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To complement their Report on Best and Worst Vehicles, Consumer Reports April 2011 issue reported on safety while driving.

While groups like MADD have been around for over thirty years, to combat driving while intoxicated, and have successfully shown us a decrease in alcohol-impaired driving fatalities, Generation Y is faced with their own driving impairment; Texting.

Today, 90% of teens do not think that drinking is worth the consequences it can cause. But, over 63% of Consumer Reports respondents under the age of thirty admit to using a handheld device while driving within the past thirty days. 78% of the total respondents did admit to decreasing or stopping this harmful behavior. 66% percent of those changed their habits simply from learning of the dangers of distracted driving.

Media Campaigns, such as Oprah Winfrey’s Distracted Driving, have been credited to influencing 20% of those who reduced or stopped texting while driving.

Started in October, Lehigh Valley Hospital’s Distracted Driving Campaign offered its first publicly open program Last Tuesday.

Delaware County Resident Joel Feldman presented a video memorializing his daughter, Casey Feldman, who was killed by a distracted driver in July 2009, as he took his eyes off the road to place his iced tea into his vehicle’s cup holder. Casey was 21-years old and heading into her senior year at Fordham University, where she majored in journalism.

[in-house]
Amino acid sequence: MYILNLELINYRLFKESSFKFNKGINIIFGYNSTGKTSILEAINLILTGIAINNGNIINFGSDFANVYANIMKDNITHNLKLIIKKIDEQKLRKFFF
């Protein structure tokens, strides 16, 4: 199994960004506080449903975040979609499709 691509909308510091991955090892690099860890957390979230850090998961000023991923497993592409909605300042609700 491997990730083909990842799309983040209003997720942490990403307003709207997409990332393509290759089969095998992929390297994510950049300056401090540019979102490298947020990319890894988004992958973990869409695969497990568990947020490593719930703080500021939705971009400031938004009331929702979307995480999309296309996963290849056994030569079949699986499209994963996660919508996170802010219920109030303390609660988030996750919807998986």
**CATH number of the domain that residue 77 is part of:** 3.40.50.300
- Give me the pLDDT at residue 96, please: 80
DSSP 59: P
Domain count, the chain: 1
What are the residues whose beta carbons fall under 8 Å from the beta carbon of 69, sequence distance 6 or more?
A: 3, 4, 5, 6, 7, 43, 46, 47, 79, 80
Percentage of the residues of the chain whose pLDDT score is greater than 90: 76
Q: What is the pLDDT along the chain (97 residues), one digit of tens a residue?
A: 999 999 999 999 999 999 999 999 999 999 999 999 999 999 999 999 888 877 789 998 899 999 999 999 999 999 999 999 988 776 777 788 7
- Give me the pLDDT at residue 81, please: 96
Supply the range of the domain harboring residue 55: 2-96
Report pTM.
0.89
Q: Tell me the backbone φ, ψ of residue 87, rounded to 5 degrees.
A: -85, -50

Feldman created the video to add Casey to the U.S. Department of Transportation, Faces of Distracted Driving, a campaign spearheaded by U.S. Transportation Secretary Ray LaHood who has made distracted driving a top priority.

LaHood is in favor of passing a federal law banning the use of handheld mobile devices while driving, as well as making this a primary offense. In favor of LaHood, 89% of Consumer Reports survey respondents favor distracted driving legislation.

While we do see that Texting while driving is becoming a major issue, it is evident that our legislation, as well as our media campaigns have made a positive impact on driving habits. Of the other respondents who said they changed their driving habits, 24% have done so because they either witnessed, was involved in, or new someone who was involved in an accident with a distracted driver. Whatever the reason, people are slowly changing their driving habits for the better. Let’s just hope that the next report brings more of those behavior changes due to legislation and media campaigns, and less resulting from first hand experiences.

For more information on Driver and Consumer Safety, please visit the Consumer Reports website at

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